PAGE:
Daily Glean: Some ‘close calls’ for justice

Larry Oakes’ outrageously great sex offender treatment series continues in the Strib; today’s Part II focuses on the judicial “close calls” that effectively sentence an offender to life without a life sentence. That’s because the “treatment” program has never released anyone. Oakes details imprecise diagnostic tools that one psychologist says are wrong 30 percent of the time. Everyone wants to see these guys locked up, but a life sentence should be explicit; Oakes’ blend of doc-digging and human reportage shows well-meaning constitutional corruption.

DFL Convention post-mortem: MPR has a great headline: “DFLers and Republicans agree Franken is a great choice.” Reporter Mark Zdechlik contrasts Franken’s aggressiveness and fundraising with the GOP’s promised firehose of oppo research. (Idle thought: Has Al ever written anything about Jesus?) The GOP will try to bell every DFL cat with Franken’s risqué remarks. AP quotes a DFL legislator observing that 2006 Senate nominee Amy Klobuchar helped feed that DFL wave, but Franken could do the opposite.

More Al: A Strib editorial astutely notes that Franken, a political swordsman, is good on offense but “less effective in defending himself against charges he had to know would come.” One operative I spoke to this weekend says Franken must quickly “take out the trash” on himself — release all the damaging stuff — to neutralize the drip-drip-drip. Mpls.St.Paul’s Brian Lambert offers Franken some pithy observations about media relations, adding a love tap at our own Doug Grow.

DFL Kumbaya? The Strib’s Kevin Duchschere and Mike Kaszuba nail the spirit I sensed at Saturday’s DFL Senate endorsement — it was Sigh-of-Relief Day as Hillary Clinton gracefully conceded and Franken opponent Jack Nelson-Pallmeyer did same. The party isn’t unified — witness convention-floor booing for DFL Congresswoman and Franken critic Betty McCollum — but there are fewer problems going out than coming in, which is news. The Strib’s Kevin Duchschere reprints ’60s activist Tom Hayden’s astute email analysis of Franken.

The Strib’s Katherine Kersten says the ACLU is ideologically biased for defending a Pledge-protesting student but not Confederate flag-wavers. Lots of problems here. First, the ACLU has defended Confederacy dunces: see here, here and here. The problem is judges — including a conservative Supreme Court — have consistently said no, so the local ACLU is acknowledging the obvious. Conversely, the law forbidding Pledge mandates is clear. Kersten tried valiantly to attack the ACLU’s convention-protest defense, but here too, the law has proven hospitable.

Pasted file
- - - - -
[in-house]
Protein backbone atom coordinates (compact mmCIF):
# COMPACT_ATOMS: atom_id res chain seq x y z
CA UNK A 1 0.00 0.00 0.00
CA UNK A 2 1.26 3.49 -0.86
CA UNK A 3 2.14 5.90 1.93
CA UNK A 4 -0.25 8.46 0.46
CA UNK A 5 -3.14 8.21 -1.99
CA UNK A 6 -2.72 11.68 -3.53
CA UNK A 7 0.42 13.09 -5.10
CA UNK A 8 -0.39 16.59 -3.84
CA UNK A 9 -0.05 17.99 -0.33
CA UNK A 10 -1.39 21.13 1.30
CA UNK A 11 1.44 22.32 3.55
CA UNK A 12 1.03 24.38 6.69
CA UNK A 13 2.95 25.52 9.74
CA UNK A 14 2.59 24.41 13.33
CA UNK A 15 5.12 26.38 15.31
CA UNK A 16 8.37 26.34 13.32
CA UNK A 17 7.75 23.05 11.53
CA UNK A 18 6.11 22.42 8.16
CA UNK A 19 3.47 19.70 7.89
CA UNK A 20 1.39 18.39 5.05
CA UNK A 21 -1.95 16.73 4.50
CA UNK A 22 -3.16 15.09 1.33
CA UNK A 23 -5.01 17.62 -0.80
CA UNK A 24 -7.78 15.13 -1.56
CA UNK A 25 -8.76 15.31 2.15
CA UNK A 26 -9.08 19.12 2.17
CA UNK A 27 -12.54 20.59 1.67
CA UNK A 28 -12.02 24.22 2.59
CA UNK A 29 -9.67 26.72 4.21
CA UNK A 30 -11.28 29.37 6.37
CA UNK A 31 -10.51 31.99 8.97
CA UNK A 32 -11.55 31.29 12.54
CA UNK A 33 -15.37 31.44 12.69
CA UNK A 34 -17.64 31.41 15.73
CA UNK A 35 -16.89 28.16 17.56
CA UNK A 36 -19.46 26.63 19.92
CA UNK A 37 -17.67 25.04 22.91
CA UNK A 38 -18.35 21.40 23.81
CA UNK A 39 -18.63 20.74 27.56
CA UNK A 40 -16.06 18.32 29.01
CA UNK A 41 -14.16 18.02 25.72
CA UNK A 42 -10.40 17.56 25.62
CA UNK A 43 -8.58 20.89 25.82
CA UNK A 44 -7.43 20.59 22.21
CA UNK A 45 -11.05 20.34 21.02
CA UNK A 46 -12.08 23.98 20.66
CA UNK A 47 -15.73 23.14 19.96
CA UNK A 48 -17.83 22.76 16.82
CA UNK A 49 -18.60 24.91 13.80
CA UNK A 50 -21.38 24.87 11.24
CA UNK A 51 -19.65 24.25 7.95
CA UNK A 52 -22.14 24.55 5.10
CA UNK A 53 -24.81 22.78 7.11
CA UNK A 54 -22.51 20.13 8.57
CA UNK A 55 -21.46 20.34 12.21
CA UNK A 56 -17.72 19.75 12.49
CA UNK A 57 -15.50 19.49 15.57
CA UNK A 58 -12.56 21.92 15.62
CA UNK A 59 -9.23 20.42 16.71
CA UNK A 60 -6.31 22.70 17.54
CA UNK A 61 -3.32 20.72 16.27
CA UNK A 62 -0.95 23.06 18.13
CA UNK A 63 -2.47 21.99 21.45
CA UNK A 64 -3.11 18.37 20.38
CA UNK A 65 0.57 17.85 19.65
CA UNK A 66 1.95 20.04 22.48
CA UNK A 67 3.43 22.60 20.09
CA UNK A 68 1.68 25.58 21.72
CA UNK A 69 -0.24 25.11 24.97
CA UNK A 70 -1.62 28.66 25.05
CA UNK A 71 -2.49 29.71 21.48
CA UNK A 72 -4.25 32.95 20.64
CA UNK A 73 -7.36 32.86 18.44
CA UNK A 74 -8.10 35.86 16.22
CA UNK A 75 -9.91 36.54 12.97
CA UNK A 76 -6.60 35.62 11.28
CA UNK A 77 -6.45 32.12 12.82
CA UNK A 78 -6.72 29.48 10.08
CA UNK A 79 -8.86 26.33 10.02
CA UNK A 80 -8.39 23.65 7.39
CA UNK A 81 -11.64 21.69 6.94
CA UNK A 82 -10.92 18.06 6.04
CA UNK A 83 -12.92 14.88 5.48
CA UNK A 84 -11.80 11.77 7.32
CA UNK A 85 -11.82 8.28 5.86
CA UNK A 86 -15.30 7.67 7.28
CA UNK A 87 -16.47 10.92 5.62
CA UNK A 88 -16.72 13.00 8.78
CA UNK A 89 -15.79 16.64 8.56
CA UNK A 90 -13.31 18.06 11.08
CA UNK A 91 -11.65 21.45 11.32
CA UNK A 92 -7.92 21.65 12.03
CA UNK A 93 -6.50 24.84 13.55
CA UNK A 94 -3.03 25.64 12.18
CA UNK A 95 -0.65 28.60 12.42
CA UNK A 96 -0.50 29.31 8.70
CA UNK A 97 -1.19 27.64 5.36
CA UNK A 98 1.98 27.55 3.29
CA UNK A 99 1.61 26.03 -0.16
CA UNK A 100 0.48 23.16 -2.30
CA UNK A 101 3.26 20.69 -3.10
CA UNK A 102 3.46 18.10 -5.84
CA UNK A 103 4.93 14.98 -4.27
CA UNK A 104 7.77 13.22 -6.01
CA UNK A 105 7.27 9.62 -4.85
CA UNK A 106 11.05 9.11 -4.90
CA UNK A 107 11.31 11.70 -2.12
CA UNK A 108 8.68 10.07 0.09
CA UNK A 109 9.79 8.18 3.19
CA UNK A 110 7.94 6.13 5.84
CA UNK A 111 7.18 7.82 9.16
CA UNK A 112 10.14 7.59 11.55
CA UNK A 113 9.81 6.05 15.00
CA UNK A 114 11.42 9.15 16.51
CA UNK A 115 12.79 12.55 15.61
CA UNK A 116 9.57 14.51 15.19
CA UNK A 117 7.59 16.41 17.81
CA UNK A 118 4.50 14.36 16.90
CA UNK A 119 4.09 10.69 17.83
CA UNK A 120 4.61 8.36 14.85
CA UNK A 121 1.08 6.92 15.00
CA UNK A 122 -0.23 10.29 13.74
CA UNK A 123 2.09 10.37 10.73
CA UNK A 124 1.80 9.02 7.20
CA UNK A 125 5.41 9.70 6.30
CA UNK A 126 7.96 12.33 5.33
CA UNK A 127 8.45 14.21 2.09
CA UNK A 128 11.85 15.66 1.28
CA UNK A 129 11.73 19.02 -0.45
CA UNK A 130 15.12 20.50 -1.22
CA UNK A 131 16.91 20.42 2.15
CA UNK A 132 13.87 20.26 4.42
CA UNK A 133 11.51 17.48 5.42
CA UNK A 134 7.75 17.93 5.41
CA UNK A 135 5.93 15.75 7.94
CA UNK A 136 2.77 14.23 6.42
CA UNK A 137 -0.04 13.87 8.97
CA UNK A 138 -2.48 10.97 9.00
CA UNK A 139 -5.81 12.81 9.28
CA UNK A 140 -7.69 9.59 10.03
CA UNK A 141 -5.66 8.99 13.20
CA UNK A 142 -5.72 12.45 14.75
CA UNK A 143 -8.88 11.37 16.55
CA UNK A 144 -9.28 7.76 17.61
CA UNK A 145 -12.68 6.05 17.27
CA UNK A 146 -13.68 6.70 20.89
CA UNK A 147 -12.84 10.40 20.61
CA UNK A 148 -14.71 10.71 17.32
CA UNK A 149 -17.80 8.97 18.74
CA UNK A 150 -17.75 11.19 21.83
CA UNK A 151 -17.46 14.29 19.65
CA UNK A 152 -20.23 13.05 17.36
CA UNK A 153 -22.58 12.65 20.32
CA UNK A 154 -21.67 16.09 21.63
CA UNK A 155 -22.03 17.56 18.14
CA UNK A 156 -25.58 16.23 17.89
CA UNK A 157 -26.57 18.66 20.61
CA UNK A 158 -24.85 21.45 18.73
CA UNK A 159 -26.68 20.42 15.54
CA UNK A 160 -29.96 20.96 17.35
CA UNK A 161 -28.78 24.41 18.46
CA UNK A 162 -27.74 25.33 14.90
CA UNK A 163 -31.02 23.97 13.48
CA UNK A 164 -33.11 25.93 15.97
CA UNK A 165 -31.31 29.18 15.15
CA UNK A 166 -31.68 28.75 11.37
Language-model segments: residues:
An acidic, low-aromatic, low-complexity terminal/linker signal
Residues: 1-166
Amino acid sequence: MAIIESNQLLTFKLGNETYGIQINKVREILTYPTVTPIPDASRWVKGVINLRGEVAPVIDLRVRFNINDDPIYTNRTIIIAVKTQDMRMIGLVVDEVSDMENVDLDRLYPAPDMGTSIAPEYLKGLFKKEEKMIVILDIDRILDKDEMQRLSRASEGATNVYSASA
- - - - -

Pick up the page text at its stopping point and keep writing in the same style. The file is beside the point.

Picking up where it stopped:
Speaking of convention protests … the St. Paul protest route may be too small, says the PiPress’s Jason Hoppin, who measuredit. Using a standard 10-square-foot-per-person measure, Hoppin says the 400,000-square-foot space “may not handle” the estimated 50,000 protesters. And that doesn’t include barriers, etc. that reduce elbow room. St. Paul cops counter that 300,000 Grand Old Day revelers co-existed in a similar space. Protesters feel vindicated. Kersten alert: The ACLU is conducting its own analysis.

Because of the DFL convention, I wasn’t able to get to too much of this weekend’s National Conference on Media Reform, held in Minneapolis. But the big news was a confrontation between Bill Moyers and an ambush-hungry Bill O’Reilly producer. The Uptake, a locally based site, captured the cinema verité. (Note: free registration required; there’s a YouTube version here.)

Two Northwest jets clipped wings at the airport, KARE reports. Not in mid-air; one screwed up taxiing into a gate. Still images show wing tips touching. No one was hurt.

Remember Christopher Smith, the peachfuzz-faced, bragadocious, country-fleeing Internet drug dealer who made headlines recently? Mpls.St.Paul’s Steve Marsh has an excellent long-form profile of the manchild here, with great stuff from Smith’s not-exactly-tame family and the still-cocky perp himself.

The Business Journal’s John Vomhof Jr. reports that just three Minneapolis businesses received Small Business Administration economic-damage loans following the 35W bridge collapse. Ten others didn’t make it through the paperwork-laden process.

Nort spews: Is the Twins’ motto “Watch us regress to the mean?” The once-again-sub-.500 club gets blown out for the third time in Chicago 12-2 and falls five-plus back of the Whities. In happier news, the Minnesota Lynx rise to 6-1 with a 90-78 win over San Antonio.

Comments (2)

  1. Submitted by Peter Swanson on 06/09/2008 - 01:29 pm.

    I would say that Kersten is right about the Minnesota ACLU, f/k/a MCLU. The [M]CLU has every right to pick and choose its battles based on resources, strategy, and ideology. And it exercises this right. To get a sense of this in practice, I recommend Judge Edward Cleary’s book, Beyond the Burning Cross.

    In the flag case, the devil (or the rebel) is in the details. It was not a school-sponsored event like in the “Bong Hits 4 Jesus” case. I think that this is closer to the black armband case. But an attorney (which Chuck Samuelson is not – although he is a nice guy) would have to go through the facts of the case, look at the policy that was allegedly violated, and then see if there is a case under the Minnesota or U.S. Constitution.

  2. Submitted by Bernice Vetsch on 06/09/2008 - 12:59 pm.

    Al Franken may or may not have written about Jesus, but he might try this quote from Jesus’s Beatitudes on conservative Christians (and others) who are reluctant to cross over and vote for a Democrat they consider uses bad language:

    “Blessed are the merciful, for they shall know mercy.”

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